I read cozy and historical mysteries, a bit of Paranormal/UF, and to mix it up, I read science and gardening books on occasion.
Part III is behind me, and I feel bad for Humboldt: he's back in Europe and all he wants to do is leave again and nobody will let him. Not only that, but circumstances and finances demand he return to Berlin, the last place he ever wanted to go back to.
I'm really enjoying the writing; as BrokenTune pointed out in our book club discussion, Wulf doesn't speculate or theorise about Humboldt's motivations, emotions, or anything else; she just represents the facts in a very human way. I could have done without the whole Simon Bolivar chapter though; I understand that it fit in context with the huge influence Humboldt had on Bolivar, but I didn't need to play by play of the South American revolution to appreciate that influence.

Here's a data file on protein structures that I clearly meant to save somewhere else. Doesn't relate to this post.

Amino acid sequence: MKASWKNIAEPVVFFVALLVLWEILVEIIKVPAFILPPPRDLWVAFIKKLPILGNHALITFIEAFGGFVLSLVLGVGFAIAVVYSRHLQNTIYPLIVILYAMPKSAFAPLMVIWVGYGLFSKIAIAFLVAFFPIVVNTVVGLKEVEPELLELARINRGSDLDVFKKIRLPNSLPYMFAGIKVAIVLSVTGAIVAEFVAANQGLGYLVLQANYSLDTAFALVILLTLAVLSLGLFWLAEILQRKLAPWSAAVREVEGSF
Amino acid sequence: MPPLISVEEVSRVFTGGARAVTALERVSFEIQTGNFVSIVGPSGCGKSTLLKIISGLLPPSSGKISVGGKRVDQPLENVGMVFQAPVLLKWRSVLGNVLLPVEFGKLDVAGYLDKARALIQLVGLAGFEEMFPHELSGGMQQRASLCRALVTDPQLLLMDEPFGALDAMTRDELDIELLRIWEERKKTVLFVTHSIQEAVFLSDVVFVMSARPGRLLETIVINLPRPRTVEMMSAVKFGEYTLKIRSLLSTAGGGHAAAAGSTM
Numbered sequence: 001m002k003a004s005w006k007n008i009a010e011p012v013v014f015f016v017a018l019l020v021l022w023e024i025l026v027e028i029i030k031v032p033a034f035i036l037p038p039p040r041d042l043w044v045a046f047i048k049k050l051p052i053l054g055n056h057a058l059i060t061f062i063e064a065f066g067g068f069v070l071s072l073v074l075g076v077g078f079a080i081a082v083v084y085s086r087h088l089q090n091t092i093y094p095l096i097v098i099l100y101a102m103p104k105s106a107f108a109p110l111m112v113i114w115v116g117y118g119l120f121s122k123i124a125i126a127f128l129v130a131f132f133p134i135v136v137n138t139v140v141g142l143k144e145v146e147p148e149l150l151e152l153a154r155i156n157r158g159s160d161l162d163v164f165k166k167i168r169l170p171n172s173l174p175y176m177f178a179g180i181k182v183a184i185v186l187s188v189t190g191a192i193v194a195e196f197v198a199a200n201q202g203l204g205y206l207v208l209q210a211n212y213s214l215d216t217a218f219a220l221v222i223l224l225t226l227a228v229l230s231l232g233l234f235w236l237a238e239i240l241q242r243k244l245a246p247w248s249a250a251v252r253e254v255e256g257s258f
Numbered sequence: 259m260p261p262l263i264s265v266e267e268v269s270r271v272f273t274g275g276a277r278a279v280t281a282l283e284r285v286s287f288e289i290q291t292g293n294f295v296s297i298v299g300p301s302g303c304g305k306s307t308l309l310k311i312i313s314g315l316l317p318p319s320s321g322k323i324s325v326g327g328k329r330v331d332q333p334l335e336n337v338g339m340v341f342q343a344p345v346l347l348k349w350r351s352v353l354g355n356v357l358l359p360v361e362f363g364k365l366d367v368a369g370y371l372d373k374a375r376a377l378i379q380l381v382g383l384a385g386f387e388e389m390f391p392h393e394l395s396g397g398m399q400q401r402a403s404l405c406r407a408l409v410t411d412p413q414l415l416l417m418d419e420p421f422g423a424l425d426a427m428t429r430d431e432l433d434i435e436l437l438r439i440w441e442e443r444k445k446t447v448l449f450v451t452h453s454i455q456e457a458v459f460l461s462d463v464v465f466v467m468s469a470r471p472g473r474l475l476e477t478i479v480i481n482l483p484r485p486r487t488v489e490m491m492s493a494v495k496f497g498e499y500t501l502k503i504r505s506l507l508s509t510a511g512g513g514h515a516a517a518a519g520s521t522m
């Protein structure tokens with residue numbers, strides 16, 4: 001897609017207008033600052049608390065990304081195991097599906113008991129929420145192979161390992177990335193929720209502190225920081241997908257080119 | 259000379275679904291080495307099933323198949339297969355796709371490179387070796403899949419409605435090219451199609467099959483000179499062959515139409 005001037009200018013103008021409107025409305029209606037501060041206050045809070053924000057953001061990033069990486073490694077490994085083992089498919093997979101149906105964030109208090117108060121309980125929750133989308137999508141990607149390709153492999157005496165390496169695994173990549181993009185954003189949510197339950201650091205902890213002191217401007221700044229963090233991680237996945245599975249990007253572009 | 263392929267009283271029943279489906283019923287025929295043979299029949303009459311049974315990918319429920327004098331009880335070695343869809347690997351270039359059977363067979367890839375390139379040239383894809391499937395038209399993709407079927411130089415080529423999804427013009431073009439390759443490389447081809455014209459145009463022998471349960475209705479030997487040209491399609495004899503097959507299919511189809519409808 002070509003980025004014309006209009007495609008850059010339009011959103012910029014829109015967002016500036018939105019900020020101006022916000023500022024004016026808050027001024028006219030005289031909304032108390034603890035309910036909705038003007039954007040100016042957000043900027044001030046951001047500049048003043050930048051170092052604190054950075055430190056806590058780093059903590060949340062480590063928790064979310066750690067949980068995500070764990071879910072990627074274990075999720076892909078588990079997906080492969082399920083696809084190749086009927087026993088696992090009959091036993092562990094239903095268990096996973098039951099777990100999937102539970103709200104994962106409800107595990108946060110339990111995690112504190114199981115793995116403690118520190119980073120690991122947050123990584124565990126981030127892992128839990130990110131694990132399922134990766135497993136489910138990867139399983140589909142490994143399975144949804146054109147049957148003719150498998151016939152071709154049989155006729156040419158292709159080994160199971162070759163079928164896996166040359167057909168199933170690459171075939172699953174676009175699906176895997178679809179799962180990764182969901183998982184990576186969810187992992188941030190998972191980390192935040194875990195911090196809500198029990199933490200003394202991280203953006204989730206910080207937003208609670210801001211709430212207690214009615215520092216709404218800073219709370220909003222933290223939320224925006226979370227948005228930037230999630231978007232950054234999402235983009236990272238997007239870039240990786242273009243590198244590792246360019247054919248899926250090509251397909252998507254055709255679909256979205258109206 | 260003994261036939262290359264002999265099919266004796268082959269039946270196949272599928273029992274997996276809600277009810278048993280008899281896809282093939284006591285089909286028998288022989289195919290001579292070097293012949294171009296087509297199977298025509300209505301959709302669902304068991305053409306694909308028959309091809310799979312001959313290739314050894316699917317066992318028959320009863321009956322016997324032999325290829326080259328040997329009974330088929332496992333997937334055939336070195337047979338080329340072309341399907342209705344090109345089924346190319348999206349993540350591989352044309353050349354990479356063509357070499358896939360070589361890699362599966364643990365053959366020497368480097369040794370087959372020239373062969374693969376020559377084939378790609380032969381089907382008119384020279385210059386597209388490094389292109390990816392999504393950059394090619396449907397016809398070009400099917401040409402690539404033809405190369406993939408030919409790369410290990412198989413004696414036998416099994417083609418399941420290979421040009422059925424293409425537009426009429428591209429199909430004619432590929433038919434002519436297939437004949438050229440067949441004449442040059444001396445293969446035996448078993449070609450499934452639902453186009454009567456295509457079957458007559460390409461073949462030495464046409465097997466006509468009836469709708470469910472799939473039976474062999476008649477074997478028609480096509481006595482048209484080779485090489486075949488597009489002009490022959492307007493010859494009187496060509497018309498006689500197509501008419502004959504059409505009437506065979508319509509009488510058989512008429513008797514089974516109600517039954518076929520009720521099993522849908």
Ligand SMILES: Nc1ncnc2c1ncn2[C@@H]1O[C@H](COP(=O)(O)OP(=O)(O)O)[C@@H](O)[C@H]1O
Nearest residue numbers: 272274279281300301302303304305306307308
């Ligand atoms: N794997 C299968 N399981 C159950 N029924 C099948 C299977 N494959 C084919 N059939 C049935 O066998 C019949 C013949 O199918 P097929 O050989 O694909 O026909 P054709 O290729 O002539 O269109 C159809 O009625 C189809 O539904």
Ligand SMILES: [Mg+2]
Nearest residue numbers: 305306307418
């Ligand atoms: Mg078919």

I still think Humboldt was secretly a hamster on meth though; I just can't wrap my mind around that much energy in one man.
And Wulf better tell us what ultimately happened to Bonpland.